Favourite object: whale skull
Elaine West, Museum Assistant for Ipswich Museums
On 5th November 1816 a whale was found by Jobson and Baker near Harwich and then towed up the Orwell to Downham Reach. The pencil sketch The Whale at Downham Reach, River Orwell by George Frost (1745-1821) depicts the scene and the great interest shown by the local residents. Despite the unpleasant smell most of the town turned out to see this mysterious sea creature.
It is hard to believe that Ipswich once had a whale fishery. A whaling company was set up by Emerson Cornwell and Captain Timothy Mangles, chartering ships named the Ipswich and the Orwell between 1786-1793. The Orwell was a 380 ton ship built in Whitby and the Ipswich was a 320 ton ship built in Great Yarmouth. Both ships were doubled, which meant they were given extra planking to help to navigate the impacted ice they would encounter on their voyages.
It is documented that the Orwell was successful in 1787 in taking seven whales, whilst the Ipswich caught 54 seals. The resulting blubber was taken to the boilers located on the west of the river to the shipyard named Nova Scotia (originally named Blessingham). Surprisingly the smell of the cookery did not drive residents out of the town. However the following years were not so successful and by 1793 the companies sold the vessels together with the whaling equipment such as harpoons and lances.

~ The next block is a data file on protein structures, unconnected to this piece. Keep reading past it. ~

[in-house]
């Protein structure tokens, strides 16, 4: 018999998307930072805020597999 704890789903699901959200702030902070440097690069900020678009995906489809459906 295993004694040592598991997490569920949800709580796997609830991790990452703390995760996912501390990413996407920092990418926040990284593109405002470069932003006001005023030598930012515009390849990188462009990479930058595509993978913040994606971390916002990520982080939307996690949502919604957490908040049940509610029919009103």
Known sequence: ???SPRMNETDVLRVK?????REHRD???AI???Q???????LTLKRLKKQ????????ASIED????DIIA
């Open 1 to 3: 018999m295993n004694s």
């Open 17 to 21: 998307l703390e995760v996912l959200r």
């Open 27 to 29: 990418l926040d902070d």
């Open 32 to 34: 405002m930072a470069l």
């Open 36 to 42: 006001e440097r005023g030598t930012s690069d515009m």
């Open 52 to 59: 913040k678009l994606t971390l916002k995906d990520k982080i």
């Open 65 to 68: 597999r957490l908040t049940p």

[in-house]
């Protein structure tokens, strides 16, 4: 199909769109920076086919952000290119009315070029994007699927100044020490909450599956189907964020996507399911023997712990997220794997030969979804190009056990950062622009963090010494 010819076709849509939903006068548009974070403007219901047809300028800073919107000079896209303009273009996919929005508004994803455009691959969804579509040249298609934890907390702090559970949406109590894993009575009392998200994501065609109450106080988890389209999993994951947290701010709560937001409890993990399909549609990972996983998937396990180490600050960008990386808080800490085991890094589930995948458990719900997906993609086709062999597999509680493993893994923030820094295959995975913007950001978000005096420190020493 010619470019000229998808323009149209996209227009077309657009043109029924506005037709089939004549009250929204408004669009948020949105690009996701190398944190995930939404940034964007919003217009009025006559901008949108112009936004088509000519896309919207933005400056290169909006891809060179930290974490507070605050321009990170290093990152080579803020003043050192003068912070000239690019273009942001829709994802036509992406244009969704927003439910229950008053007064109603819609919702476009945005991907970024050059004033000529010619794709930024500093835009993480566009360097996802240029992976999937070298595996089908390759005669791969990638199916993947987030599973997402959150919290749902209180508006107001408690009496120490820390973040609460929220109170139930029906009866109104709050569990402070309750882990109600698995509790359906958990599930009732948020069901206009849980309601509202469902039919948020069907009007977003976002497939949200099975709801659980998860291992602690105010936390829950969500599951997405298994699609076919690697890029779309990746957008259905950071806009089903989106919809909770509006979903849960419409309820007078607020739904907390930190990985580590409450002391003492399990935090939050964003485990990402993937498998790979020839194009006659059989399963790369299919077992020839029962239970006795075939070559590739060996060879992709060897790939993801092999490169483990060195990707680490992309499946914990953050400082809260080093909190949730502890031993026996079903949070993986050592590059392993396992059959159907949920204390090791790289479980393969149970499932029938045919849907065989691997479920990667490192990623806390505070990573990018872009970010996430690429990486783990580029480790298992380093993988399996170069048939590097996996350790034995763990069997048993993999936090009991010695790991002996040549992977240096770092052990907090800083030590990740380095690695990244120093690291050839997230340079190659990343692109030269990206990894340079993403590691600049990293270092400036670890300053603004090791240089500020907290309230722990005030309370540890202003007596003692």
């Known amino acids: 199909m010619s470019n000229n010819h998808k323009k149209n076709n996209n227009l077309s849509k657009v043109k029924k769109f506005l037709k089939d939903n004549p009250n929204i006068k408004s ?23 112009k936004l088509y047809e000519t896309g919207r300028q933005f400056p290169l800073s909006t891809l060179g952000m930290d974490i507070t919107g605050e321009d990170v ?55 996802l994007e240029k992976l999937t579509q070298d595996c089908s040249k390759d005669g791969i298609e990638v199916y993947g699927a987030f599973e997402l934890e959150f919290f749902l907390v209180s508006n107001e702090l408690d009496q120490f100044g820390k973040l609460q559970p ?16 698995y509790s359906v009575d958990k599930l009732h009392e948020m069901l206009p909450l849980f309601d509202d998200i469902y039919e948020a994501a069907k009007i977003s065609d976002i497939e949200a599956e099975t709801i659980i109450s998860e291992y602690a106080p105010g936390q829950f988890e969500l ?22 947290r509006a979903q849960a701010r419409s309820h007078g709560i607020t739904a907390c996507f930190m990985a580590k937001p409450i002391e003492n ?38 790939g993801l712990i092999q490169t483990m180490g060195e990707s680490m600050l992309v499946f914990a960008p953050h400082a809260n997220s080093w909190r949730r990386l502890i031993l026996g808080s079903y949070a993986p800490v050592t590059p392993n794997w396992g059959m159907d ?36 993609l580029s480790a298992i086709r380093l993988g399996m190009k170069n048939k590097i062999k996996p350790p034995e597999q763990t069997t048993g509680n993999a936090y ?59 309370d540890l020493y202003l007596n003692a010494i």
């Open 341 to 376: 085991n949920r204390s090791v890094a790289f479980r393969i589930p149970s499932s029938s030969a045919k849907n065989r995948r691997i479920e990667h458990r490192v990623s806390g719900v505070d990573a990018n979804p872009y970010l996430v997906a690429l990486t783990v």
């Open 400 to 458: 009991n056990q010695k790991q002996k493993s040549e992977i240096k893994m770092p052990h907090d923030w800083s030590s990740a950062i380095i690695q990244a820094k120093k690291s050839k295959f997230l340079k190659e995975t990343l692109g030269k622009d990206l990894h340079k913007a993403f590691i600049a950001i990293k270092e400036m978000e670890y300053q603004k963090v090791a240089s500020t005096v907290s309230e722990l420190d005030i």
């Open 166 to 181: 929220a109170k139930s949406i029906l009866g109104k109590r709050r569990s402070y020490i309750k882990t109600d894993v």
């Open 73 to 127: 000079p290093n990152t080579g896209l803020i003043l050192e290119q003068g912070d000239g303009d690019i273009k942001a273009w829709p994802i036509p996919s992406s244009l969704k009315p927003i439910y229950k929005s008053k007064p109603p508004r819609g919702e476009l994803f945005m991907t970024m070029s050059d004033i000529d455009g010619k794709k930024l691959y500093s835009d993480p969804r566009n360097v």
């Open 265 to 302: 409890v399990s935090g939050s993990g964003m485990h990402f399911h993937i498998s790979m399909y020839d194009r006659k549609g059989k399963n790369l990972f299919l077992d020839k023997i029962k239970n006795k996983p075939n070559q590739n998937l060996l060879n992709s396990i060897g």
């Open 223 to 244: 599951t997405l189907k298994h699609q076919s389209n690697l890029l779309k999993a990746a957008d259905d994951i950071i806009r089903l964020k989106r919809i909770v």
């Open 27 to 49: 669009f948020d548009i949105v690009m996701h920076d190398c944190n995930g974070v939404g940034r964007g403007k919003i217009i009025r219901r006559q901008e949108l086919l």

The whale skull that is currently in Ipswich Museum actually belonged to the whale depicted in the sketch by George Frost from all those years ago. It hangs suspended from the ceiling in the Geology gallery, giving an indication of just how gigantic this creature was in real life. It was 68-70 feet in length (21 metres) and 18 feet in diameter (5.5 metres). The whale was female and appeared to have suffered an injury to its back.
The whale skull was not always displayed in Ipswich Museum. It was originally sent to Stoke Park Mansion (demolished in 1920’s) near Ipswich and was later gifted to the Museum in 1909 by Peter Robert Burrell, the forth Lord Gwydyr and High Steward of Ipswich. This was probably in his will, as that was the year he passed away aged 99.
We are often asked what type of whale the skull belonged to. Although the Minke whale is the most common breed of whale in the Suffolk area, it only grows up to 9 metres (30 feet). Therefore this whale appears too large to be a Minke. It’s description better fits the Fin whale which can grow up to 27 metres in length. Although these whales are rarely seen in the Suffolk area they can still occasionally be spotted. Whale numbers are gradually increasing after the devastating effects of the whaling industry. These large whales feast on schools of fish by taking a huge mouthful of water and pushing the seawater out through the baleen plates inside their mouths leaving just the fish.